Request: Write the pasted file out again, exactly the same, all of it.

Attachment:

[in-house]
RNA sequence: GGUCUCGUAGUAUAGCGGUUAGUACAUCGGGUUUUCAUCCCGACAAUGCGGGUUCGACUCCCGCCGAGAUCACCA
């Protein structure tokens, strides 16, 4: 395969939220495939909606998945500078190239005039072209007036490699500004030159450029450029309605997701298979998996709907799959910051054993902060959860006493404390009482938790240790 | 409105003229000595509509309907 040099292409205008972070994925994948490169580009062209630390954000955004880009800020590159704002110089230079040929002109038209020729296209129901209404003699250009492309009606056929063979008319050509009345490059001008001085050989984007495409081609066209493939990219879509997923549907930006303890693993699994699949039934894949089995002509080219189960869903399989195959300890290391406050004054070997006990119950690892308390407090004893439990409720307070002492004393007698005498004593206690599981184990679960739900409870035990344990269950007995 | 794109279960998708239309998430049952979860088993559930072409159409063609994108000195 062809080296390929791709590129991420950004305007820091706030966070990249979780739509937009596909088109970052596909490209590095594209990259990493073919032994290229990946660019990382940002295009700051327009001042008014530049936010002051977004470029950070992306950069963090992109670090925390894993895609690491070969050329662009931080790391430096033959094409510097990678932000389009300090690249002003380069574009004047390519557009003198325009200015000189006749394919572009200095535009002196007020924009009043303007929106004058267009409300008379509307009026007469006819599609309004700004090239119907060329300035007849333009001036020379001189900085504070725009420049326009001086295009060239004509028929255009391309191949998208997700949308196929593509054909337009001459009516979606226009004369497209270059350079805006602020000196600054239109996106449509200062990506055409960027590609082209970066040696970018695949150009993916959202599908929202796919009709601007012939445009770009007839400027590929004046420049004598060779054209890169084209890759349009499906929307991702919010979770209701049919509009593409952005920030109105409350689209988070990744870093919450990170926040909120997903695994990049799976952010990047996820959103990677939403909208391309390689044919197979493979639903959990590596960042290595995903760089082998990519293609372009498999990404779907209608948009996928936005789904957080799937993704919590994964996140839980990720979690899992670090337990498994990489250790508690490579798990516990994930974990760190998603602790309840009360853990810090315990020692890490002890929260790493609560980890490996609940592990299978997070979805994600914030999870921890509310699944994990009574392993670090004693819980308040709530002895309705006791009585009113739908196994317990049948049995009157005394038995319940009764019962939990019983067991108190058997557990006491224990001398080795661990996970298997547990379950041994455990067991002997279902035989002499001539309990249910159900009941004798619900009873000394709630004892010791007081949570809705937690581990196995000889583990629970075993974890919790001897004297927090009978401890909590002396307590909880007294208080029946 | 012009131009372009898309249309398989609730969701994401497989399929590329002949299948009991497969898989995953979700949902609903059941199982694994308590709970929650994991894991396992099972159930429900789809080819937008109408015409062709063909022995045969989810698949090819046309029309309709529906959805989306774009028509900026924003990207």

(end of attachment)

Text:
[in-house]
RNA sequence: GGUCUCGUAGUAUAGCGGUUAGUACAUCGGGUUUUCAUCCCGACAAUGCGGGUUCGACUCCCGCCGAGAUCACCA
């Protein structure tokens, strides 16, 4: 395969939220495939909606998945500078190239005039072209007036490699500004030159450029450029309605997701298979998996709907799959910051054993902060959860006493404390009482938790240790 | 409105003229000595509509309907 040099292409205008972070994925994948490169580009062209630390954000955004880009800020590159704002110089230079040929002109038209020729296209129901209404003699250009492309009606056929063979008319050509009345490059001008001085050989984007495409081609066209493939990219879509997923549907930006303890693993699994699949039934894949089995002509080219189960869903399989195959300890290391406050004054070997006990119950690892308390407090004893439990409720307070002492004393007698005498004593206690599981184990679960739900409870035990344990269950007995 | 794109279960998708239309998430049952979860088993559930072409159409063609994108000195 062809080296390929791709590129991420950004305007820091706030966070990249979780739509937009596909088109970052596909490209590095594209990259990493073919032994290229990946660019990382940002295009700051327009001042008014530049936010002051977004470029950070992306950069963090992109670090925390894993895609690491070969050329662009931080790391430096033959094409510097990678932000389009300090690249002003380069574009004047390519557009003198325009200015000189006749394919572009200095535009002196007020924009009043303007929106004058267009409300008379509307009026007469006819599609309004700004090239119907060329300035007849333009001036020379001189900085504070725009420049326009001086295009060239004509028929255009391309191949998208997700949308196929593509054909337009001459009516979606226009004369497209270059350079805006602020000196600054239109996106449509200062990506055409960027590609082209970066040696970018695949150009993916959202599908929202796919009709601007012939445009770009007839400027590929004046420049004598060779054209890169084209890759349009499906929307991702919010979770209701049919509009593409952005920030109105409350689209988070990744870093919450990170926040909120997903695994990049799976952010990047996820959103990677939403909208391309390689044919197979493979639903959990590596960042290595995903760089082998990519293609372009498999990404779907209608948009996928936005789904957080799937993704919590994964996140839980990720979690899992670090337990498994990489250790508690490579798990516990994930974990760190998603602790309840009360853990810090315990020692890490002890929260790493609560980890490996609940592990299978997070979805994600914030999870921890509310699944994990009574392993670090004693819980308040709530002895309705006791009585009113739908196994317990049948049995009157005394038995319940009764019962939990019983067991108190058997557990006491224990001398080795661990996970298997547990379950041994455990067991002997279902035989002499001539309990249910159900009941004798619900009873000394709630004892010791007081949570809705937690581990196995000889583990629970075993974890919790001897004297927090009978401890909590002396307590909880007294208080029946 | 012009131009372009898309249309398989609730969701994401497989399929590329002949299948009991497969898989995953979700949902609903059941199982694994308590709970929650994991894991396992099972159930429900789809080819937008109408015409062709063909022995045969989810698949090819046309029309309709529906959805989306774009028509900026924003990207």